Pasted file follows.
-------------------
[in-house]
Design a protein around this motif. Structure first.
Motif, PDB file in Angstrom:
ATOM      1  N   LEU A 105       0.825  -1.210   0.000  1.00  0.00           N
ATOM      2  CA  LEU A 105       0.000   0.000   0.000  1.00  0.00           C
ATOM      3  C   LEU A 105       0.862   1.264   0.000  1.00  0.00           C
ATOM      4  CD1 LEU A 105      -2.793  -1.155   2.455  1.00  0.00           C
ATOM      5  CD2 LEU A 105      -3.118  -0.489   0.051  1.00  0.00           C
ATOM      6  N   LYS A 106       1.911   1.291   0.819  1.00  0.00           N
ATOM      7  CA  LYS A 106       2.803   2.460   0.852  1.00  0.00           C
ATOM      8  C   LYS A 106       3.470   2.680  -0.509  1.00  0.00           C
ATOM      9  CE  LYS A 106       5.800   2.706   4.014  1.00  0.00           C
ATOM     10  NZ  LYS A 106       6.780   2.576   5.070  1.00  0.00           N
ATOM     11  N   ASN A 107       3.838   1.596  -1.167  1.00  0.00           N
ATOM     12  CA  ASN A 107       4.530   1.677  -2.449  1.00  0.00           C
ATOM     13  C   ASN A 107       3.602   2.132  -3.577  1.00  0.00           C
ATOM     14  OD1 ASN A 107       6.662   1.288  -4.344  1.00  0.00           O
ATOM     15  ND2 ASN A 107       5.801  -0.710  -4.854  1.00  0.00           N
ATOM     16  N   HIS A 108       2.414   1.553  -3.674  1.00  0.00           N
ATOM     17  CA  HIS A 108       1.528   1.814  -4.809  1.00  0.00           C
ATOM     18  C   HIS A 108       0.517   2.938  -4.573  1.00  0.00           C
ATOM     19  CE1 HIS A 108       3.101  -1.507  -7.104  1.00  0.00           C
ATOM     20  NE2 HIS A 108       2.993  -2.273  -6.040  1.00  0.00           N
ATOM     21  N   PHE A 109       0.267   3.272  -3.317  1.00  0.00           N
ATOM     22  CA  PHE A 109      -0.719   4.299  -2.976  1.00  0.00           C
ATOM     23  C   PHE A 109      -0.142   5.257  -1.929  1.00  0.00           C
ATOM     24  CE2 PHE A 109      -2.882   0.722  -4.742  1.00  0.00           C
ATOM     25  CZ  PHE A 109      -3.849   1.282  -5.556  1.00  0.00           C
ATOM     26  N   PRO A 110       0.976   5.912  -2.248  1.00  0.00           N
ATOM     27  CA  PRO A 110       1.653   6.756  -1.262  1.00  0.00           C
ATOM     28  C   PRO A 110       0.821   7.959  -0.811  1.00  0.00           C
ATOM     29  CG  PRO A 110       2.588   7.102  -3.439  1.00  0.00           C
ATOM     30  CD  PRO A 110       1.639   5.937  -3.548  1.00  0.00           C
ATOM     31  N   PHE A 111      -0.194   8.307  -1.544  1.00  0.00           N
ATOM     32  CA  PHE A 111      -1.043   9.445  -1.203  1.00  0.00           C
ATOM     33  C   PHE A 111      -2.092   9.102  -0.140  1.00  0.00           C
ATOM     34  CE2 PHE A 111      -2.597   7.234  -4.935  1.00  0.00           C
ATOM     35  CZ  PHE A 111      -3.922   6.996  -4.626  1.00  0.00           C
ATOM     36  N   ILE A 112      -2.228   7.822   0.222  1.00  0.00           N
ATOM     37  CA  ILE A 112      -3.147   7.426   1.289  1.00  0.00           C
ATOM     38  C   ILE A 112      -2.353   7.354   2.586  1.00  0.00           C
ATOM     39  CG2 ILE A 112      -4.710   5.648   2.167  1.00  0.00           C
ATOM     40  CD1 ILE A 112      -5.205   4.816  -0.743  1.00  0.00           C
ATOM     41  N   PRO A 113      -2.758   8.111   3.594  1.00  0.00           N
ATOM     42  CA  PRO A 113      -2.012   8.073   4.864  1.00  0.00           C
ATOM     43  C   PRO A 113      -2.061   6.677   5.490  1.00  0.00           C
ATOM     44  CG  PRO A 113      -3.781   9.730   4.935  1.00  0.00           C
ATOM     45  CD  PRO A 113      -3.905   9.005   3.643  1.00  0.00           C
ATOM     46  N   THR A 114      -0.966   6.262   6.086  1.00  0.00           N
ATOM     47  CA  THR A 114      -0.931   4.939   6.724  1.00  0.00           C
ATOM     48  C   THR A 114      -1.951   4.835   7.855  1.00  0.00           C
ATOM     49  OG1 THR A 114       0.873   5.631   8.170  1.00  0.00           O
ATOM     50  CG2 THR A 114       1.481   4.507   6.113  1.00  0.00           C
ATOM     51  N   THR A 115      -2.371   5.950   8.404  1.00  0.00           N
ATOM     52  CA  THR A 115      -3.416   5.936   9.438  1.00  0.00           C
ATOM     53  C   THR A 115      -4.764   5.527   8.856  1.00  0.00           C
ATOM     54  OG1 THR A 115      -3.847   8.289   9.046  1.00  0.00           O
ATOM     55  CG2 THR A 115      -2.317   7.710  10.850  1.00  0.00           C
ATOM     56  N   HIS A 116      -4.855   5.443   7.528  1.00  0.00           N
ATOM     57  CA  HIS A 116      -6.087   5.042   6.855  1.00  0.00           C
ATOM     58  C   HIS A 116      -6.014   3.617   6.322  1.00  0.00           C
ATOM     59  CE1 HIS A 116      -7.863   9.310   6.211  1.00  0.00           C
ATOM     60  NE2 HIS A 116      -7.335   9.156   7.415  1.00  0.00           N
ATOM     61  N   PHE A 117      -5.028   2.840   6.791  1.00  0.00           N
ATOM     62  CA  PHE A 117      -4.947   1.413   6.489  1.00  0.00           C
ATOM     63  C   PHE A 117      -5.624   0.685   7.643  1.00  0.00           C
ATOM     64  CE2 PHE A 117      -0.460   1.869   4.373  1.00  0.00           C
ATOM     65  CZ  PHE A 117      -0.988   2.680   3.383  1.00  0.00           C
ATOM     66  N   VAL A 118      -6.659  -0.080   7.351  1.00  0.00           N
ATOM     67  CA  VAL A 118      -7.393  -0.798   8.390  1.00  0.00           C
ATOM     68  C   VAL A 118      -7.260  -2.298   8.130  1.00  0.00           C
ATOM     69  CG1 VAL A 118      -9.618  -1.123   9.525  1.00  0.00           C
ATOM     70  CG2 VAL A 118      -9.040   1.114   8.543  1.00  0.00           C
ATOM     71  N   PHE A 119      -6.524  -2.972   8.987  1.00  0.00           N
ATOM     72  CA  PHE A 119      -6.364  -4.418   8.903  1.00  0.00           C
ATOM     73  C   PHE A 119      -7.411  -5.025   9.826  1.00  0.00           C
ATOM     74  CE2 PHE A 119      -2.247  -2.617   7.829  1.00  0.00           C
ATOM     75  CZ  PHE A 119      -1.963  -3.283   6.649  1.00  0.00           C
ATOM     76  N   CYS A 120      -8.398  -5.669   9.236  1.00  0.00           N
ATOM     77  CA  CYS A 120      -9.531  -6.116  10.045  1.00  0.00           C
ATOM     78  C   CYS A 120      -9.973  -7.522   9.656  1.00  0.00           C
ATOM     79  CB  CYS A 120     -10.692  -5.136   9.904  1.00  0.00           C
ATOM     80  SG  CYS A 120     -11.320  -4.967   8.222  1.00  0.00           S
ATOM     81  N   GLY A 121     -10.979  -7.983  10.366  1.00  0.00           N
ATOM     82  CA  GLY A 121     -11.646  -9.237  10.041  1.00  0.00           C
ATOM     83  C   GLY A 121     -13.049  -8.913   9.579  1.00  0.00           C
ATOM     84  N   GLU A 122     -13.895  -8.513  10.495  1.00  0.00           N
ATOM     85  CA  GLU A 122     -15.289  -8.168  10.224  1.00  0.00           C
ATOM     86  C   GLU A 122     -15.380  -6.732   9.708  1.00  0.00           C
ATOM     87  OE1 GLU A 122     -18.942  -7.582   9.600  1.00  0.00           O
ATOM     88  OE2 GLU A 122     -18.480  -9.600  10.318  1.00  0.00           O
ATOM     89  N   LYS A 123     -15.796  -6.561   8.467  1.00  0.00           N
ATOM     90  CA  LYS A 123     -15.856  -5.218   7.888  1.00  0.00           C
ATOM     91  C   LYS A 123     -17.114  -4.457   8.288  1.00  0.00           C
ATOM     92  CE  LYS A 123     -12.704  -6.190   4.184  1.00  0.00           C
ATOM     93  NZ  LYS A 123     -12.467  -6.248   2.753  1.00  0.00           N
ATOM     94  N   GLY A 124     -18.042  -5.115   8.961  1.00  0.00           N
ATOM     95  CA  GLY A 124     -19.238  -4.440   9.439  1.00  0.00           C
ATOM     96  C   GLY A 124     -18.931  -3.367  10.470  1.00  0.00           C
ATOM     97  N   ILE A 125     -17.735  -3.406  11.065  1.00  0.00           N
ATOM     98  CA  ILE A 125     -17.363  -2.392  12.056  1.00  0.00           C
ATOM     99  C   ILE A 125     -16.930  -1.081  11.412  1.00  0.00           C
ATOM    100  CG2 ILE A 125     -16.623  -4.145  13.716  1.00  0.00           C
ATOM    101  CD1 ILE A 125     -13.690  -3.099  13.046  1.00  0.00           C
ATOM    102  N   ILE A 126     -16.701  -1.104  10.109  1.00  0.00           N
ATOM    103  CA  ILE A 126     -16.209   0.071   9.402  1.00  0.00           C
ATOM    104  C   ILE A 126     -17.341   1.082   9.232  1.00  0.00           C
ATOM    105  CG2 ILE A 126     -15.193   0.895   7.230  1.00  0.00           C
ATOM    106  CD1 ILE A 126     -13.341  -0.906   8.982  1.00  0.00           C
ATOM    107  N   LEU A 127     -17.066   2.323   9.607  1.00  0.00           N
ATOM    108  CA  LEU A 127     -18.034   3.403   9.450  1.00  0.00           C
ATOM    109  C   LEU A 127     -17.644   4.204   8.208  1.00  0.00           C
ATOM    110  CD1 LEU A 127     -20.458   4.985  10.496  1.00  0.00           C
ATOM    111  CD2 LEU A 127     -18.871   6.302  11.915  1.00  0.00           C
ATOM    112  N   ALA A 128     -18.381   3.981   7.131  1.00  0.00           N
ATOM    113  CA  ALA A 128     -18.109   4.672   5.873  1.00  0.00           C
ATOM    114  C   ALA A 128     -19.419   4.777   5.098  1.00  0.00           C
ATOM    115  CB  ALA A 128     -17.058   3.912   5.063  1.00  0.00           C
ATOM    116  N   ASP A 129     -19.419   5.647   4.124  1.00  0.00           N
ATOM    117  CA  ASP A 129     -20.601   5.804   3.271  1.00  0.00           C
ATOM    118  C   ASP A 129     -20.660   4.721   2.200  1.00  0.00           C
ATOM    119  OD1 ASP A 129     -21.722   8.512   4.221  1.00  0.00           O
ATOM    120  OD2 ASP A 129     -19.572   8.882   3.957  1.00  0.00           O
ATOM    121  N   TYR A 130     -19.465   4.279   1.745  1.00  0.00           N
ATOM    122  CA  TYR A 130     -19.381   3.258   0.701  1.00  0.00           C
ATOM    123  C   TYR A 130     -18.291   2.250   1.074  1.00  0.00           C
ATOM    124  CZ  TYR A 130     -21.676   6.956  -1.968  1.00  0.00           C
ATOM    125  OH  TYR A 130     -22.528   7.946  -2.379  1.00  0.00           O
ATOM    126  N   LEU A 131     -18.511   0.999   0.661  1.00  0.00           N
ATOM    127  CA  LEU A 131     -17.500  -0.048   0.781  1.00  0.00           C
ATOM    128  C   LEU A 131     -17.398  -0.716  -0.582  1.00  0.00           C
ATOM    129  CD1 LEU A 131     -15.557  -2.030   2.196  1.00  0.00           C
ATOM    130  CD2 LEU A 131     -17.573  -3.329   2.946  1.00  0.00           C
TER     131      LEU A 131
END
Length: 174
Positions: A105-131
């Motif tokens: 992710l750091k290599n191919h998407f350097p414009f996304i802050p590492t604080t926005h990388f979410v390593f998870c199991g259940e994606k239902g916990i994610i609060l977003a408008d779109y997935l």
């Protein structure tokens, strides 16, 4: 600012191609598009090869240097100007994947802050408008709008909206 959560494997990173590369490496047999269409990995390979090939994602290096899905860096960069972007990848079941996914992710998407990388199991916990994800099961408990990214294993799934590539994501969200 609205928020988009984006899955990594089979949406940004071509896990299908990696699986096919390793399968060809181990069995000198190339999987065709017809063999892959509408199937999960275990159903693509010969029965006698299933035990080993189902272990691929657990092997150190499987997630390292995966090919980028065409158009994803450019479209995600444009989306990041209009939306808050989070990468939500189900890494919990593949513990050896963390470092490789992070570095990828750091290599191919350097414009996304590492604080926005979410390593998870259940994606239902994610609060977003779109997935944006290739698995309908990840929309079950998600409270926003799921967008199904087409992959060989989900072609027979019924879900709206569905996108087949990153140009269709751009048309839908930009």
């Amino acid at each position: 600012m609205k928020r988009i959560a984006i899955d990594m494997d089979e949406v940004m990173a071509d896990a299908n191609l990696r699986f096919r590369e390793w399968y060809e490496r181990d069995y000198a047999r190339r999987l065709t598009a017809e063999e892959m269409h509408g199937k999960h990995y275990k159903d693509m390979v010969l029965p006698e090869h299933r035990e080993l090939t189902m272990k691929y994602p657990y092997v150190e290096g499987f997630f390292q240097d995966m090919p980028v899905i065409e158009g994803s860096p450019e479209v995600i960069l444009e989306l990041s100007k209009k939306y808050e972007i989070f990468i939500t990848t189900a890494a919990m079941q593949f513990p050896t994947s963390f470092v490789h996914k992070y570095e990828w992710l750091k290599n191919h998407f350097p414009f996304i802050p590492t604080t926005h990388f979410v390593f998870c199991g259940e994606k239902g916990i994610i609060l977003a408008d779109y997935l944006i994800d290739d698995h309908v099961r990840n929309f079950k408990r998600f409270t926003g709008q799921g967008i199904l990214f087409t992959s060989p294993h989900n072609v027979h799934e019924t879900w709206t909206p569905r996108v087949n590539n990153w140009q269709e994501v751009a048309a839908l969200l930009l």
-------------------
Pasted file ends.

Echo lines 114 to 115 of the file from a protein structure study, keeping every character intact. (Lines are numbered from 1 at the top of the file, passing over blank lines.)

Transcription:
ATOM    111  CD2 LEU A 127     -18.871   6.302  11.915  1.00  0.00           C
ATOM    112  N   ALA A 128     -18.381   3.981   7.131  1.00  0.00           N